Sage Merrill: But no one would ever want to create one superweapon, that works in all cases, um, because that tends to make the game fairly dull. It's really up to the player, to decide how to they wanna play, on a particular map, it's a choice.

Chris Carney: That's, I think is Halo at its best, is like makin' these choices.

Chad Armstrong: You start the game, and immediately you get to chose a loadout.

Sage Merrill: You're making a single selection that includes: your armor ability, and you're weapon, we sort of pair those intentionally.

Josh Hamrick: It breeds the smarter combat, you'll definitely notice a big difference in how the game functions.

Luke Smith: Right now, at this exact moment in development, Armor Lock's insane! It's super powerful, I love it.

Joseph Tung: It is just fucking fun.

Chad Armstrong: There are two Slayer maps, there is Powerhouse, which is an asymmetrical map, lots of indoor/outdoor action.

Derek Carroll: Sword Base is a very vertical map.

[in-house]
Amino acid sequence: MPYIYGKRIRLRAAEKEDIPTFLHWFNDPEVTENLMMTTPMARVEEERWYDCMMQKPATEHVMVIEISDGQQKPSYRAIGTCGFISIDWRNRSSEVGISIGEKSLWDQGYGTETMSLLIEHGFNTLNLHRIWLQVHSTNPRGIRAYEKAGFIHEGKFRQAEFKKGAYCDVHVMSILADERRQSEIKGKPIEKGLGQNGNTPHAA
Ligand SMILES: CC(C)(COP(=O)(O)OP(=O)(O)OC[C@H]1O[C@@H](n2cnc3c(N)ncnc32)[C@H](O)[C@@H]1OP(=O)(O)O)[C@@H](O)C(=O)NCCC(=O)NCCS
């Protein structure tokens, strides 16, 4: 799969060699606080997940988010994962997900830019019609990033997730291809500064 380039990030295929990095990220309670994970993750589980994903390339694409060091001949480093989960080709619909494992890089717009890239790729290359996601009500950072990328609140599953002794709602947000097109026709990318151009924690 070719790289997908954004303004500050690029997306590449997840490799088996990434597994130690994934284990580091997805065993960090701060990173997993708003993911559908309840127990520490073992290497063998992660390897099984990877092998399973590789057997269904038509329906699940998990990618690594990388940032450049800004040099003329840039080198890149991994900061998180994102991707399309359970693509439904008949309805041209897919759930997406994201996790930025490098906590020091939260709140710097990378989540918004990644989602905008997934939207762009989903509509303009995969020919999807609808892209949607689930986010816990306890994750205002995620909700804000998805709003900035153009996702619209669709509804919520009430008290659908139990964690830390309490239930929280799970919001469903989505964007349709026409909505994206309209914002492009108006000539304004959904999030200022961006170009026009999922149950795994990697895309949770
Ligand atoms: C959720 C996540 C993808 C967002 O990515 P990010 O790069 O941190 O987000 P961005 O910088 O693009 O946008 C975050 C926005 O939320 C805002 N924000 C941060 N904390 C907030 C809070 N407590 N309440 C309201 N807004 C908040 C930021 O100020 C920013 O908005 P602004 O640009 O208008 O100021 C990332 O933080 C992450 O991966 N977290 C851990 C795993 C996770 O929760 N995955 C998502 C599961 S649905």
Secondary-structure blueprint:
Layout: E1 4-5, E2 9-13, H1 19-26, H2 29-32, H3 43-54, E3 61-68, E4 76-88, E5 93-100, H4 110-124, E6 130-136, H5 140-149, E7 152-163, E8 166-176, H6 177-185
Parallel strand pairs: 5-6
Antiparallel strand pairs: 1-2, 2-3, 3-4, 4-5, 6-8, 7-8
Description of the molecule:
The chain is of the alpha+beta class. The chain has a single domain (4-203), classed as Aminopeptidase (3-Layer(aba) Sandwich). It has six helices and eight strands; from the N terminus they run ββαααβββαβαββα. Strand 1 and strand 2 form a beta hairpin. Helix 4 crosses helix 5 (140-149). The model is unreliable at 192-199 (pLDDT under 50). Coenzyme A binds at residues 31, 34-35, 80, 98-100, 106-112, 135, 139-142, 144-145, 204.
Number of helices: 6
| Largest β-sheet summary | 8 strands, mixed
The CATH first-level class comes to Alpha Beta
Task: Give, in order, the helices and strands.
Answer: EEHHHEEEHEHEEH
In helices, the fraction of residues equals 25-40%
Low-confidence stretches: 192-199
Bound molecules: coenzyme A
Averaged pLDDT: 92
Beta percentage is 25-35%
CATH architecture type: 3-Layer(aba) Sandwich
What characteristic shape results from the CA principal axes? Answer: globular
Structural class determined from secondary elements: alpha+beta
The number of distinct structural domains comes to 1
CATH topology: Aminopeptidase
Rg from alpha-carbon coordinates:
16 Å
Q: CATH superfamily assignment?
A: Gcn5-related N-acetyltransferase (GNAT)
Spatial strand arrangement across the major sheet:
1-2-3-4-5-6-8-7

Chad Armstrong: Moving around Sword Base is a completely different scenario when you've got a jetpack versus when you're sprinting.

Marcus Lehto: This time around we decided to integrate all the multiplayer maps with the campaign.

Chris Carney: Overlook is another pioneer style base.

Chad Armstrong: We're using it for a game type called Generator Defense, that's also a multiple loadout game type, loadouts are far more varied than say, on Slayer.

Chris Carney: Boneyard is our largest map, we've ever done in multiplayer.

Michael Means: It's definitely the most complicated multiplayer space we've ever tried, and, it's also a new game type.

Chris Carney: Invasion is this big team battle.

Luke Timmins: We sorta set out and said, let's try to make an objective game, that has elements like Slayer, and try to make that more fun. We wanted it big, huge, lots of guys, and all these fictional elements.

Chad Armstrong: We've added a couple new Objective game types, Headhunter, Stockpile.